“On Your Bike, Sunshine!” A Snapshot of Road Rules for Cyclists

Road rules

“On Your Bike, Sunshine!”
A Snapshot of Road Rules for Cyclists

By Yavin Kumar @ Sydney Criminal Defence Lawyers

Every year, an average of nine bicycle riders are killed and more than 1900 people are seriously injured on our roads in New South Wales. Cyclists count towards 2.5 per cent of total road fatalities, and roughly 16 per cent of serious injuries. At the same time, riding a bicycle is considered to be the equivalent of riding any other form of transport (car, motorbike, boat etc) in our state, and as such, bicycle riders must follow and comply with the same road rules as other vehicles, and vice versa. With this said, special rules do exist with the aim of increasing safety and awareness for motorists, pedestrians and bicycle riders alike, when sharing our roads.

 

Things for Bicycle Riders to Know

Much like other motorists, bicycle riders have a large array of responsibilities when riding on and off the road. Failure to follow these duties can result in a person being charge contrary to the Road Rules 2014 (NSW). Below is a list of various responsibilities that cyclists have when using public roads:

  • Riders must sit facing forward, and must have one leg on each side of the bicycle. At least one hand must be on the handlebars.
  • Riders cannot ride a bicycle that does not have at least one working brake and a fully functional bell, horn, or any other device that can be used to warn others.
  • If a storage compartment is attached to a bicycle, it has to be used.
  • A bicycle cannot be ridden at night or in dangerous weather conditions, unless the bicycle displays a clear of flashing white light from the front, a clear or flashing red light from the back, as well as a red reflector on the rear of the bicycle. All of these things must be clearly visible.
  • At a multi-lane roundabout, if a bicycle rider wants to turn right from the left lane, they must give way to any vehicle leaving the roundabout.
  • Riders cannot carry more passengers than what the bicycle is made for.
  • If a bicycle lane is marked on any stretch of road, it must be used by all riders unless it is impracticable to do so.
  • Riders cannot ride on a crossing unless there is a green bicycle light.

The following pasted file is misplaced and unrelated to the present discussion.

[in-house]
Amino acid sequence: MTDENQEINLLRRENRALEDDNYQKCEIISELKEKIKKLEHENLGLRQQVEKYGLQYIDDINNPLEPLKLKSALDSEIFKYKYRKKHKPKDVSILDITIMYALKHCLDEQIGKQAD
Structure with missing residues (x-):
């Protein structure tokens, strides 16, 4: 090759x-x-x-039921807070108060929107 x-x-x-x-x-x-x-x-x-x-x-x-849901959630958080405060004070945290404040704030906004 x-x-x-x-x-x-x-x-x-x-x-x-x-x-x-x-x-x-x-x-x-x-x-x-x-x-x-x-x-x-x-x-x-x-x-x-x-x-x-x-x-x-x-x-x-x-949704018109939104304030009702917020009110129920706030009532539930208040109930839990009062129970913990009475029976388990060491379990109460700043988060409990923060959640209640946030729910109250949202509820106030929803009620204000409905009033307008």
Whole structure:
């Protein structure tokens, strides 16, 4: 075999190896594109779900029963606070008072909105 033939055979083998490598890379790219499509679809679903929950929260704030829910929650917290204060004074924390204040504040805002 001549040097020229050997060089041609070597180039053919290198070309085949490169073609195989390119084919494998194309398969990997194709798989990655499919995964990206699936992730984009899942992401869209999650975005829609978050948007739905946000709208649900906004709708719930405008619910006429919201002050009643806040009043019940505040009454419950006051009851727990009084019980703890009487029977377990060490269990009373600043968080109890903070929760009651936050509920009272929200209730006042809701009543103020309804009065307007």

• Riders cannot hold or be towed by another vehicle.
  • All riders must wear an approved helmet, which has to be securely fastened to their head whilst riding. Passengers cannot be carried if they are not wearing a helmet.
  • Riders must always keep to the left of any oncoming bicycle rider or pedestrian on a footpath.
  • Riders are allowed to use bus lanes, but should be cautious of using the lane, particularly when approaching intersections – all vehicles can travel in a bus lane if they intend to travel left.
  • As a general rule, riders must not ride on a footpath. The two exceptions to this are that if a rider is under 12 years of age, any accompanying/supervising adult may use the footpath with them. Alternatively, if the rider is between 12-17 years of age, they may also use the footpath with any accompanying/supervising adult.

On top of this list, another important rule to consider is that cyclists must also be able to use hand signals whilst riding, as they help other road users to know what they are doing, and where they are intending to move. Cyclists are required under the Road Rules 2014 (NSW) to give a hand signal when turning either left or right, or merging into another lane, and must be done at least 30 metres before turning, changing lanes, or changing lane position.

Giving a hand signal to indicate a turn does not guarantee your safety, so always be sure to observe your surroundings and any possible road hazards prior to changing lanes or merging.

How can Sydney Traffic Lawyers help?

Our traffic lawyers will carefully consider your case, advise you on all your legal options, and recommend the best way forward. Call us now on 02 8059 7121 or 24/7 on 0420 998 650 to speak with one of our traffic lawyers.